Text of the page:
A Boke of Gode Cookery Presents


PERIOD: England, 14th century | SOURCE: MS Sloane 468 | CLASS: Authentic

DESCRIPTION: Giblet Sauce for Fowl


Tak the issu of the swan & wasch it wel, & scoure the guttes wel with salt, & seth the issu al togedere til it be ynow. & than tak it vp and wasch it wel & hew it smal, & tak bred & poudere of gyngere & of galyngale & grynde to- gedere & tempere it with the broth, & coloure it with the blood. And when it is ysothe & ygrounde & streyned, salte it, & boyle it wel togydere in a posnet & sesen it with a litel vynegre.

- Hieatt, Constance B. and Sharon Butler. Curye on Inglish: English Culinary Manuscripts of the Fourteenth-Century (Including the Forme of Cury). New York: for The Early English Text Society by the Oxford University Press, 1985.


  • 1 fifteen- to twenty-pound swan, goose or turkey, or several ducks or chickens
  • Giblets, including gizzard, heart and liver from the bird or birds
  • 1 C water
  • 1 C drippings from roasted fowl
  • 2 C white bread crumbs
  • 2 tsp powdered ginger
  • 1/4 tsp galingale
  • Salt to taste
  • 1/4 C wine vinegar
1. Preheat oven to 450°.

2. Prepare bird for roasting, place on a rack in a pan, and put it in the oven. Reduce heat to 350°, and roast for twenty minutes per pound, or until the bird is cooked through.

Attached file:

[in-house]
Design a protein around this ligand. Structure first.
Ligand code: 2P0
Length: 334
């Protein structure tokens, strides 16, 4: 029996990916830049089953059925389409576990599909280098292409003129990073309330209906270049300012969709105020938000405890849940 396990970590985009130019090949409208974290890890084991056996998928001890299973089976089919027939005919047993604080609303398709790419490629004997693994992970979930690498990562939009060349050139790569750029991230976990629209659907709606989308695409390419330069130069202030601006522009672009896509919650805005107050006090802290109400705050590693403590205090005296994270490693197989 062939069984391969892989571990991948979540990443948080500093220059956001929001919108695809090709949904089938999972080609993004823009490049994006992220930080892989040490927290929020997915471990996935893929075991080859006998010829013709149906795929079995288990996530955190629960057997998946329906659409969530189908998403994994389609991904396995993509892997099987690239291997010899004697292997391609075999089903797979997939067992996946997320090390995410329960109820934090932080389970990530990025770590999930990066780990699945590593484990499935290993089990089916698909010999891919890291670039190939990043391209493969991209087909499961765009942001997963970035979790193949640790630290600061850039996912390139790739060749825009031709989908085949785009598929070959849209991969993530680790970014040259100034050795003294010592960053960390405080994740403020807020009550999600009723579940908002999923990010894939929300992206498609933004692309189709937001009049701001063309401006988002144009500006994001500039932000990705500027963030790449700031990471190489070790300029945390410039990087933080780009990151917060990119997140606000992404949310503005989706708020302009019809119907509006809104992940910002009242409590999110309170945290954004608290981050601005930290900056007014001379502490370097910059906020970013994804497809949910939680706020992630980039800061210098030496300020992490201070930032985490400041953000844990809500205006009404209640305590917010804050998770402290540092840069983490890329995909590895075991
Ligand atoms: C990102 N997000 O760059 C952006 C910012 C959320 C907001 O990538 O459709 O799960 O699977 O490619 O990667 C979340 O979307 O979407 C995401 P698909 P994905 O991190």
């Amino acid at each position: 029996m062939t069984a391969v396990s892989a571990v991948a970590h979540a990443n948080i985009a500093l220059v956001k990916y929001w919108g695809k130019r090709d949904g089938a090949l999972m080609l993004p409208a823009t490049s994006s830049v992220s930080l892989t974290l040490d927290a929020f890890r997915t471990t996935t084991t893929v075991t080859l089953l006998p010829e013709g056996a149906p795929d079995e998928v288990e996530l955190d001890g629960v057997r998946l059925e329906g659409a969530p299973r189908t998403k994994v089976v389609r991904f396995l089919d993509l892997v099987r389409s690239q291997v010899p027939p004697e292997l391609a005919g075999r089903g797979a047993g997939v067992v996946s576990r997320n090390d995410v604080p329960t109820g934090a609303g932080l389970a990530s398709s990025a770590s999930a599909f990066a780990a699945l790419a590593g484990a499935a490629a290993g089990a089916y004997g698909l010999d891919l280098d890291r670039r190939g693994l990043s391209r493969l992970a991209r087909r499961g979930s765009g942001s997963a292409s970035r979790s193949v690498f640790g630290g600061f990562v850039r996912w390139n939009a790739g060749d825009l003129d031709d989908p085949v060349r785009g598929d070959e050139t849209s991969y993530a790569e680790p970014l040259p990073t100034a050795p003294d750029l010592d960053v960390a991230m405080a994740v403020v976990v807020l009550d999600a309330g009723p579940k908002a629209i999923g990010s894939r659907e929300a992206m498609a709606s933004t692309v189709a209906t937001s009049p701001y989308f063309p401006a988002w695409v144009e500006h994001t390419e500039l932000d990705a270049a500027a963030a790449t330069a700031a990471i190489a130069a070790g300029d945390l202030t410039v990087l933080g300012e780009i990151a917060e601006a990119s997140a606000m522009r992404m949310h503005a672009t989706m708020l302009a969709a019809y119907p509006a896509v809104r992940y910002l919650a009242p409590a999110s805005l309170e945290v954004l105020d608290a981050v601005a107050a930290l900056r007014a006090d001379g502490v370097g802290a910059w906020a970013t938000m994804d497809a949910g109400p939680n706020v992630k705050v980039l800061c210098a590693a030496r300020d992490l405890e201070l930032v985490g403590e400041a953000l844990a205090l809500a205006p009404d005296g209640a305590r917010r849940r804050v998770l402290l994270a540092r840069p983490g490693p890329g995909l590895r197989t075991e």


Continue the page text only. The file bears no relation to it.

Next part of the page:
3. In a saucepan, over medium heat, combine giblets and water. Bring to a boil, reduce heat, and simmer for about thirty minutes, or until gizzards are tender. Remove from heat, remove giblets from pan and allow to cool. Reserve the broth.

4. Mince the gizzard and heart small. In a bowl, mash the liver to paste with a fork.

5. With a ladle or basting nozzle draw off at least one cup of drippings from the roasting bird. Add this to the broth in the saucepan. Stir in giblets, bread crumbs, and spices. Return to heat, and simmer for about ten minutes.

6. Remove from heat, and stir in wine vinegar. If sauce is too thick, add more drippings or vinegar. Serve with the roasted bird.

Yields two cups of sauce. Serves six to eight.


I have yet to see fresh-frozen, oven-ready swans in my supermarket meat department. A goose would be a good substitute.

In this sauce I substitute the gizzard and heart of the chosen bird for the swan guts of the original. In place of blood, I use the liver.

If galingale is not available, add extra powdered ginger.

Metric, Celsius, & Gas Mark Equivalencies

A Boke of Gode CookeryRecipes from A Newe Boke of Olde Cokery

Chauden © 2000 Rudd Rayfield | This page © 2000 James L. Matterer

A Newe Boke of Olde Cokery

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